Physics-based constitutive modelling for crystal plasticity finite element computation of cyclic plasticity in fatigue

Metal fatigue during cyclic loading puts an endurance limit on most of today's technology. It impacts the reliability of metallic components used for transportation, electronic devices and energy production because fatigue failure can occur without any apparent forewarning. This phenomenon limits the lifetime of many industrially manufactured items, whose periodic replacement affects the cost of everyday products. The problem of predicting fatigue failure in metals has been addressed using the finite element method, which can provide the stress and strain state of the material in complex geometries. Engineering models describing the material behaviour have been used to predict the damage accumulation, but microstructure and material design require constitutive models at the micrometre length scale, incorporating the physical processes in the material. This involves the study of dislocation dynamics and the formation of dislocation structures, which have been recognized as the key phenomena affecting the macroscopic fatigue behaviour of metals. This problem is computationally challenging, first because of the large number of state variables required to describe the dislocation behaviour, and second because the formation of dislocation structures takes place only after many deformation cycles. In this project a continuum dislocation-based model, specific for cyclic fatigue at the micrometre length scale, is developed. The main novelty is the prediction of 3D dislocation structures starting from a random initial dislocation distribution. In single slip deformation, the characteristic length scale and shape of dislocation structures are predicted using only physical parameters, such as the stacking fault energy, and without any fitting procedure. The model is implemented in a crystal plasticity finite element solver, describing all the slip systems. Therefore, it is possible to model polycrystalline structures and to study the orientation of multiple slip dislocation structures with respect to the loading direction. Compared with existing models, the implementation of the dislocation junction formation mechanism in a continuum framework is a step forward. A collaboration with another PhD student, carrying out electron channeling contrast imaging experiments on fatigued 316 stainless steel, has provided a validation of the model by direct comparison of experimental and simulated dislocation structures close to the specimen surface. The crystal lattice rotation is another variable that can be extracted from finite element simulations. The developed model correlates the forming dislocation structures with the lattice rotation around the coordinate axes. This allows the comparison with Laue microdiffraction experiments carried out on copper single crystal specimens by another PhD student at the SLS, the synchrotron at Paul Scherrer Institut. The dislocation-based model can calculate experimental observables, such as the rotation components and rotation gradients, as a function of the simulated dislocation density in the specimen, which is not directly observable. This provides a validation of the constitutive equations at the micrometre length scale.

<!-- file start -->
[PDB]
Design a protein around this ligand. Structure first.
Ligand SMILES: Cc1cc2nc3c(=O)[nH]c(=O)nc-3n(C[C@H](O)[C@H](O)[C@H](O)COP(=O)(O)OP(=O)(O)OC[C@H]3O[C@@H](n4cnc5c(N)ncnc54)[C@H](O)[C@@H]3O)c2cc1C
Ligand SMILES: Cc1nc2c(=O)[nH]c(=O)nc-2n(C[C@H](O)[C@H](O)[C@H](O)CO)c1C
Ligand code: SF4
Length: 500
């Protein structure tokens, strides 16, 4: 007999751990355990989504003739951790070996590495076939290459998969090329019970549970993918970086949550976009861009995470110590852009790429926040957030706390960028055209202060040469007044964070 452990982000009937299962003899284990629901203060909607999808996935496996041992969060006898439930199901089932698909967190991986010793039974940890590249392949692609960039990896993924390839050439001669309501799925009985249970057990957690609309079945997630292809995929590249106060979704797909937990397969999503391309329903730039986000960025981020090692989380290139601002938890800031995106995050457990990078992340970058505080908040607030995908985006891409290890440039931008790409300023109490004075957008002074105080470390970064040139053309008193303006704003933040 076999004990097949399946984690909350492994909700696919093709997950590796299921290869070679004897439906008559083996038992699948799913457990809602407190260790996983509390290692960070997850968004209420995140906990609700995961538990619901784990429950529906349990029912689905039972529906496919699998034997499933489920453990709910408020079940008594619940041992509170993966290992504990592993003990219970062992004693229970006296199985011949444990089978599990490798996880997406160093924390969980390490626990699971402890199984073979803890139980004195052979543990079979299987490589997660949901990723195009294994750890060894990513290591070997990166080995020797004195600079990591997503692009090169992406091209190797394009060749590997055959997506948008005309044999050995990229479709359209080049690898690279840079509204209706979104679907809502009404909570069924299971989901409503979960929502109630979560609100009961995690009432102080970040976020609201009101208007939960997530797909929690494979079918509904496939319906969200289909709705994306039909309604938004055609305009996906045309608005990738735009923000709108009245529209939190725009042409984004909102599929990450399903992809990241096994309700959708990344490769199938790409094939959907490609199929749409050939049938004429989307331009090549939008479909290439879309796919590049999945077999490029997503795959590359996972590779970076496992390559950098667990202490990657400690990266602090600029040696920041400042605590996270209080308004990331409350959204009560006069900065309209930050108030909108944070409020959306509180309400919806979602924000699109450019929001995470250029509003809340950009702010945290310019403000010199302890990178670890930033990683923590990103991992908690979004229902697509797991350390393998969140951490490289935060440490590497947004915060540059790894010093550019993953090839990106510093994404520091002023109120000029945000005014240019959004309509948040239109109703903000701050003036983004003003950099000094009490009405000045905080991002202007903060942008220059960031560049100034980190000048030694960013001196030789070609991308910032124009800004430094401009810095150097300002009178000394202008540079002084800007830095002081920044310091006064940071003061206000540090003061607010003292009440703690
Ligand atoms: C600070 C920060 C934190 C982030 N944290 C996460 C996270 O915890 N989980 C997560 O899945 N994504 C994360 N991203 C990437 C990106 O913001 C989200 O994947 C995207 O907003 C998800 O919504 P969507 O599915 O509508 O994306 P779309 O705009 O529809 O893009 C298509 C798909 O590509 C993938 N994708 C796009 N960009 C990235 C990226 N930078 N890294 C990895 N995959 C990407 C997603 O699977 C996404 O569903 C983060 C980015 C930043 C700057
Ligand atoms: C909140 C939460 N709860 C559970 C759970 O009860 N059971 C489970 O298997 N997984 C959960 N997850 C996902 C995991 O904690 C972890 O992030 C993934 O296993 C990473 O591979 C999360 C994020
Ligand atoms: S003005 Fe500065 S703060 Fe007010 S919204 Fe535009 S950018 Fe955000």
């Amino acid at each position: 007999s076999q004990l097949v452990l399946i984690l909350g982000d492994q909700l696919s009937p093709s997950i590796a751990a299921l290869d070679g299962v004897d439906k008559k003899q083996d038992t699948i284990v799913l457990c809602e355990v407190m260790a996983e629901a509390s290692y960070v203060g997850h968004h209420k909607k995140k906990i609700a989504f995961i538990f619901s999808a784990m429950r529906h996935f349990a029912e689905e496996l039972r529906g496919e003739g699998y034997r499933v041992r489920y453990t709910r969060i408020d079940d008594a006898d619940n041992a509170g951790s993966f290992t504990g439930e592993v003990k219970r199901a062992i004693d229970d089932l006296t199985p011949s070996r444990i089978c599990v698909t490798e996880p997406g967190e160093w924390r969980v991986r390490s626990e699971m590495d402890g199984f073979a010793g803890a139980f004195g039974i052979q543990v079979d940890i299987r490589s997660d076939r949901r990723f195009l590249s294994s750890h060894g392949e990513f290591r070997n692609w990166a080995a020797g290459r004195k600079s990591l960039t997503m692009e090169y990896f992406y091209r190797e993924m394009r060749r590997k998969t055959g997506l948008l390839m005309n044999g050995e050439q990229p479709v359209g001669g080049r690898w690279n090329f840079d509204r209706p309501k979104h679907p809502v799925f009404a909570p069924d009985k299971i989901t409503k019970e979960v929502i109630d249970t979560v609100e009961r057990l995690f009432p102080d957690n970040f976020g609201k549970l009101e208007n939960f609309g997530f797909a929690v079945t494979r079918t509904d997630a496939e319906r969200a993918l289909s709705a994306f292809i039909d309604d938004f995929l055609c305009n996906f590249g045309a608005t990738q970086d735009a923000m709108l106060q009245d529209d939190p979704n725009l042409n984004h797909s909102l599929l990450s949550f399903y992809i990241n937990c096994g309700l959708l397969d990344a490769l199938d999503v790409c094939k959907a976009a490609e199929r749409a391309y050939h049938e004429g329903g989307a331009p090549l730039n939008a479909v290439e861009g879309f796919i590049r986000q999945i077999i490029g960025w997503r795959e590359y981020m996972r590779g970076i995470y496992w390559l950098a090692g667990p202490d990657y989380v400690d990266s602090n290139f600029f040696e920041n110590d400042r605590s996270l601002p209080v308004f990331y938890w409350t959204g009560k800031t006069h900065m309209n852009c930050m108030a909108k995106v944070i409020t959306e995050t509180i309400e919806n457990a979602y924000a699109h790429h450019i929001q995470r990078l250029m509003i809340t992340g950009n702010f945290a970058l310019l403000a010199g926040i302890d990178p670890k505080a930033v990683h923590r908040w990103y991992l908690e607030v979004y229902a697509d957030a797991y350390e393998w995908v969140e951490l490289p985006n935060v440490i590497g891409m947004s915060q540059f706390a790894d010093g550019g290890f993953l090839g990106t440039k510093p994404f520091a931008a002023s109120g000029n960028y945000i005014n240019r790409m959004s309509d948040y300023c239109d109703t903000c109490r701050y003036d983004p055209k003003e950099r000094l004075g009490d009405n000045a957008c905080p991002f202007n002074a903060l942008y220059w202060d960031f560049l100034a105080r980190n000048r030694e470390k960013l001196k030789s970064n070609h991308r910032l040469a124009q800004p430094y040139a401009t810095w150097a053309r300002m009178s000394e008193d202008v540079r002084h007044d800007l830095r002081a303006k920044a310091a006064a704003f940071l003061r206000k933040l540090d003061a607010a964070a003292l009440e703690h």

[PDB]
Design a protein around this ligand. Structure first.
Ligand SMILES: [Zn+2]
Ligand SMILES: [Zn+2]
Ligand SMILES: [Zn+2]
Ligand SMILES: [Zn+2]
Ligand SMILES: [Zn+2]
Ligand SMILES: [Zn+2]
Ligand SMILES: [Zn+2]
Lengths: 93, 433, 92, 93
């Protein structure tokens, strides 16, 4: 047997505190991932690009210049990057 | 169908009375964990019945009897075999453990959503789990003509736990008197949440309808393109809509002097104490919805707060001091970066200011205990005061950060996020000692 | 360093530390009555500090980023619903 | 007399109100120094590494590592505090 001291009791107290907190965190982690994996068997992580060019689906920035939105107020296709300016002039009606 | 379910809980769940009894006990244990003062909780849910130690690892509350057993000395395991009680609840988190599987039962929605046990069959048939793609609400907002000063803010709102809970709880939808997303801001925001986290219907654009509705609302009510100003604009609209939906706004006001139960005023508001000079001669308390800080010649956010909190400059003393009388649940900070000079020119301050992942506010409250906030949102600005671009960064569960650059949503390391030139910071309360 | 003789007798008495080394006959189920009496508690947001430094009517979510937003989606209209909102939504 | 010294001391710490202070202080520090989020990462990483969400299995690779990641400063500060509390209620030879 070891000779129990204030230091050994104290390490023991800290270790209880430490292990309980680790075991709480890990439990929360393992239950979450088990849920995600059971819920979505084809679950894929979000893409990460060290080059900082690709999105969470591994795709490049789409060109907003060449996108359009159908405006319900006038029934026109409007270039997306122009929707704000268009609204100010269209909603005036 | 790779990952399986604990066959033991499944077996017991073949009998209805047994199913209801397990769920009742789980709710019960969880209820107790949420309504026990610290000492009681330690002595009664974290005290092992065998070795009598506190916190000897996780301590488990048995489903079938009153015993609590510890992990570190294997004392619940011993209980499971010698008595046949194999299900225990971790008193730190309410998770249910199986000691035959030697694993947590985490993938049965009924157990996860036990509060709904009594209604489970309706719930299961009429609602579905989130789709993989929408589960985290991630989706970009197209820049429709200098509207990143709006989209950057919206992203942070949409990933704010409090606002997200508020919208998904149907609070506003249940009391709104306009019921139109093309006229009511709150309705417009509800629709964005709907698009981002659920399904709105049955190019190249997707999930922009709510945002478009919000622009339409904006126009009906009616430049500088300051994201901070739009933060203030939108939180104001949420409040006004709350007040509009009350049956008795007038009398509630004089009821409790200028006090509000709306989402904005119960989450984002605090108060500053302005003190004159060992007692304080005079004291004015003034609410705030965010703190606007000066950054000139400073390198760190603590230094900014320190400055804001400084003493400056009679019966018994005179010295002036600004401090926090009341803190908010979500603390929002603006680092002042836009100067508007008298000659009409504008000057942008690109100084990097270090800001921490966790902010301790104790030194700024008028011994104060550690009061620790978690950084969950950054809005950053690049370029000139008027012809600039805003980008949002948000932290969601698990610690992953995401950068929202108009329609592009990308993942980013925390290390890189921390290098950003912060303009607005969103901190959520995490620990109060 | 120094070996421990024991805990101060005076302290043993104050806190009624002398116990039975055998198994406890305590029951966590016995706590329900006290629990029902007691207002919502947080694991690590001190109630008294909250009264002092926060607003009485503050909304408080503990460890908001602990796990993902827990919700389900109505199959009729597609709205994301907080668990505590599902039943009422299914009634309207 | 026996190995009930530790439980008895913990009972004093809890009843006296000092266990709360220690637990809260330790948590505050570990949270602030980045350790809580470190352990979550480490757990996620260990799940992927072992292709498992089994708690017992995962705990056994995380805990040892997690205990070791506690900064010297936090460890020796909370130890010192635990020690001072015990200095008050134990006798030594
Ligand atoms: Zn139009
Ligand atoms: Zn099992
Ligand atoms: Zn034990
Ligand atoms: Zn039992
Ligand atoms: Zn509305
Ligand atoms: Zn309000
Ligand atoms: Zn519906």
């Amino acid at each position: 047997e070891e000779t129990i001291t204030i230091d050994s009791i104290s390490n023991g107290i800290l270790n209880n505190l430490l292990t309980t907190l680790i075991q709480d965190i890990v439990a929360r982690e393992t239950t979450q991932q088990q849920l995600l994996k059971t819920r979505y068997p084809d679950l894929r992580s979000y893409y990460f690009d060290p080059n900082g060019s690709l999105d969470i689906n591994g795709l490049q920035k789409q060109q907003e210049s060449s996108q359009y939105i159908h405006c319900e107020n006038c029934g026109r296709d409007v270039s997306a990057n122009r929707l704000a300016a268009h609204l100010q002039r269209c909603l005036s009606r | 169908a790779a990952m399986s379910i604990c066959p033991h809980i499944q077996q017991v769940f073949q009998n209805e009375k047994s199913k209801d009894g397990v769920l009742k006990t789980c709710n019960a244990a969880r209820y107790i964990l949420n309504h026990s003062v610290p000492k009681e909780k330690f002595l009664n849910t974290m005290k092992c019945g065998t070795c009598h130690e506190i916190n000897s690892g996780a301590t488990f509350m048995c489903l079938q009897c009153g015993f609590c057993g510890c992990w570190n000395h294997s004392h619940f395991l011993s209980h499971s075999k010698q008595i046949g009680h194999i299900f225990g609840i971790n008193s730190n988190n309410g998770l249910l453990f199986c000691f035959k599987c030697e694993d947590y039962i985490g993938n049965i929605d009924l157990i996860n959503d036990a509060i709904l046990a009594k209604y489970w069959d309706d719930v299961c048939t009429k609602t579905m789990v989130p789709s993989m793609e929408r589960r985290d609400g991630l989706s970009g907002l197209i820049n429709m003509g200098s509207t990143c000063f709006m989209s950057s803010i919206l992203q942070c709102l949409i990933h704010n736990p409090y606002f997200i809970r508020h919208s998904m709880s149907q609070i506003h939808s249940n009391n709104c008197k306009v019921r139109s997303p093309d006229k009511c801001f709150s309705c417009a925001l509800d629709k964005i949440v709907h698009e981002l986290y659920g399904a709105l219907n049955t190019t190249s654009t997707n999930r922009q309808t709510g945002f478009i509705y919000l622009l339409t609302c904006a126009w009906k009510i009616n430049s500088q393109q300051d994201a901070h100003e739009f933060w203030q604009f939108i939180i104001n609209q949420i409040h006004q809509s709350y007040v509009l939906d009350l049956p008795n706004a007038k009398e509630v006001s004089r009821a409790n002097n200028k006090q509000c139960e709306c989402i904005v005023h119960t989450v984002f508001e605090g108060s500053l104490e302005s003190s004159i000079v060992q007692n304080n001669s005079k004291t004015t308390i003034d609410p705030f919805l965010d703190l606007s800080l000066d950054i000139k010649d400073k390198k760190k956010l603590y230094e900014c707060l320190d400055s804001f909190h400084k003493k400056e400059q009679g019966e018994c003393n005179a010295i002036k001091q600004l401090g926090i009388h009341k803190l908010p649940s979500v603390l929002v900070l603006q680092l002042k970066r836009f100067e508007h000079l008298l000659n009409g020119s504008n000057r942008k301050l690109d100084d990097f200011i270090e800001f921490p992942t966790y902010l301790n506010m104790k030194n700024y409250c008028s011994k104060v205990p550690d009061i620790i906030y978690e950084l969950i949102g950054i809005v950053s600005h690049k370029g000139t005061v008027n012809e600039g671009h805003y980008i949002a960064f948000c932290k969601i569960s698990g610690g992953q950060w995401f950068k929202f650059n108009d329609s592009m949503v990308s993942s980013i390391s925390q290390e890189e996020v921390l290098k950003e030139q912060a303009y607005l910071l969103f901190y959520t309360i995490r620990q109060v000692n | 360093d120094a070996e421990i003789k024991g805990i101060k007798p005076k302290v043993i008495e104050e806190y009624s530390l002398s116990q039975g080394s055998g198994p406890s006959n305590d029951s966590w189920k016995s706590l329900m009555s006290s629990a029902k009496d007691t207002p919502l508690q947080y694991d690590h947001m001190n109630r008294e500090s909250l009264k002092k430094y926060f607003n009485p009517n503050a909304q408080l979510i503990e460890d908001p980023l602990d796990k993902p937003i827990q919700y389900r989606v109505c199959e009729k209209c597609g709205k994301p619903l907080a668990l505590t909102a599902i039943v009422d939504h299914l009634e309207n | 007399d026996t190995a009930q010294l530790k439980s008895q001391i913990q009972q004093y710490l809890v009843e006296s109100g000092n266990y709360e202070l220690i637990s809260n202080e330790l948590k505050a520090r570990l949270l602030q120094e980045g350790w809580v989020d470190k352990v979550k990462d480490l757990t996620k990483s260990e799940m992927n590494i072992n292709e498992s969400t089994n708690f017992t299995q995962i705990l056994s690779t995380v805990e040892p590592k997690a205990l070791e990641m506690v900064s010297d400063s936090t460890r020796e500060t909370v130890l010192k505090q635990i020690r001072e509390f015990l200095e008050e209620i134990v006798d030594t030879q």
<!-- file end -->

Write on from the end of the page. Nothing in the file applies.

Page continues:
Van Swygenhoven, Helena
Janssens, Koenraad
Lausanne, EPFL
Other identifiers:
urn: urn:nbn:ch:bel-epfl-thesis7251-1

Note: The status of this file is: EPFL only

 Record created 2016-12-12, last modified 2018-05-01

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